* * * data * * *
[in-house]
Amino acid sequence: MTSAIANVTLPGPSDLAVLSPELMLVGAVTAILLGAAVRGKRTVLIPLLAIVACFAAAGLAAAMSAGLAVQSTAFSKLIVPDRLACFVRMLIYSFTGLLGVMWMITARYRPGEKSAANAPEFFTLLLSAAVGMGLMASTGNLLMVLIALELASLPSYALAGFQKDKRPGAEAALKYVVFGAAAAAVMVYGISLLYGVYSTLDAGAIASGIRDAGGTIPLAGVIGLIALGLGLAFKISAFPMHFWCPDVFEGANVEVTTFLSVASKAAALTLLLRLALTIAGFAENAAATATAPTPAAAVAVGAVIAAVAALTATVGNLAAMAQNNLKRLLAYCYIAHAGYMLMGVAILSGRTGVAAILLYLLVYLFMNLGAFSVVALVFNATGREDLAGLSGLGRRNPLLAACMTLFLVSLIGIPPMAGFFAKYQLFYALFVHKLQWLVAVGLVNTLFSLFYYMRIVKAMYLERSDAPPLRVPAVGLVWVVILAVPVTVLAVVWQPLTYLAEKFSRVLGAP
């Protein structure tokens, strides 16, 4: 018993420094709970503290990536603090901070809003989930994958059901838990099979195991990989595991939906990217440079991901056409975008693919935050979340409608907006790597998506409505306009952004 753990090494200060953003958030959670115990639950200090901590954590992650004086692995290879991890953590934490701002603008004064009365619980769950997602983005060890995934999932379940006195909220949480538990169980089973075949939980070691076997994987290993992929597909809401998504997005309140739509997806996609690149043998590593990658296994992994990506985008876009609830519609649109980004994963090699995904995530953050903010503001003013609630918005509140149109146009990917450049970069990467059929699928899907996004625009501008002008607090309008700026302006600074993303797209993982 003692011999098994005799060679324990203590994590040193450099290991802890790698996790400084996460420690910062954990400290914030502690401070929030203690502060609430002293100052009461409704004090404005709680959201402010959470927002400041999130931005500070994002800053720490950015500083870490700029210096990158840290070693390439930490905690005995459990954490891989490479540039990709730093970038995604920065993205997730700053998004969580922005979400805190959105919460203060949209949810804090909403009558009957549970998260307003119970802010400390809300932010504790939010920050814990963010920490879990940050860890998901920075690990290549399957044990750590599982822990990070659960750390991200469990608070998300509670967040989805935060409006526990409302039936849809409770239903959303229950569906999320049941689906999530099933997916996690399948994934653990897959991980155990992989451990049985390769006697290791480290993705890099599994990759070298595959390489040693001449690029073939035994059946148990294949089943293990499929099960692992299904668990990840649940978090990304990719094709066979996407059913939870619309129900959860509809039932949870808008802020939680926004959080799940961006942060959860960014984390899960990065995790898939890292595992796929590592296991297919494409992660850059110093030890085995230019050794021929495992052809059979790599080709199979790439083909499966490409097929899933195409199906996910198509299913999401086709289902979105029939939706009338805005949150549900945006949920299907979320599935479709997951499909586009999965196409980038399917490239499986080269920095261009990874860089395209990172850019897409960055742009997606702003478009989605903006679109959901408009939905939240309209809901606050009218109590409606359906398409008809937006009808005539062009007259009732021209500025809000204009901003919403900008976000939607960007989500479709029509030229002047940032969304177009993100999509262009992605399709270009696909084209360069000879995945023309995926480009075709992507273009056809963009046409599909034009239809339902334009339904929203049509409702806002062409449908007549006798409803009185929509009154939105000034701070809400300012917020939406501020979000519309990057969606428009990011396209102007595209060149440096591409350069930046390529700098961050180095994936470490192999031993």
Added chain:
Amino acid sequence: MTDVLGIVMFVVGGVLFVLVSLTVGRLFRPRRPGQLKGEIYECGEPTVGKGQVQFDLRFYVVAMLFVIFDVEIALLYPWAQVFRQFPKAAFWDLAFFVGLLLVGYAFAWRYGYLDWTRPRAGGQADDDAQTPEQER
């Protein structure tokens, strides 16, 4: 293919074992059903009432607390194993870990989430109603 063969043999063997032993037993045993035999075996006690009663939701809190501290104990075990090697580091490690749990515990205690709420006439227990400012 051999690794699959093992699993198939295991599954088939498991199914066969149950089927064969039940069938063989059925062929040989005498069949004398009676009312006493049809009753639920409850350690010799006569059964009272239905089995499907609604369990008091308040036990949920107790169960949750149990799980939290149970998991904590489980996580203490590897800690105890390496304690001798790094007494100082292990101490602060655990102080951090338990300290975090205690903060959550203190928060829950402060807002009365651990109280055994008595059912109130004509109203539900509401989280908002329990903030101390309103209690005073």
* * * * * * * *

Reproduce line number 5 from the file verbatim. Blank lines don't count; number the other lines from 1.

Amino acid sequence: MTDVLGIVMFVVGGVLFVLVSLTVGRLFRPRRPGQLKGEIYECGEPTVGKGQVQFDLRFYVVAMLFVIFDVEIALLYPWAQVFRQFPKAAFWDLAFFVGLLLVGYAFAWRYGYLDWTRPRAGGQADDDAQTPEQER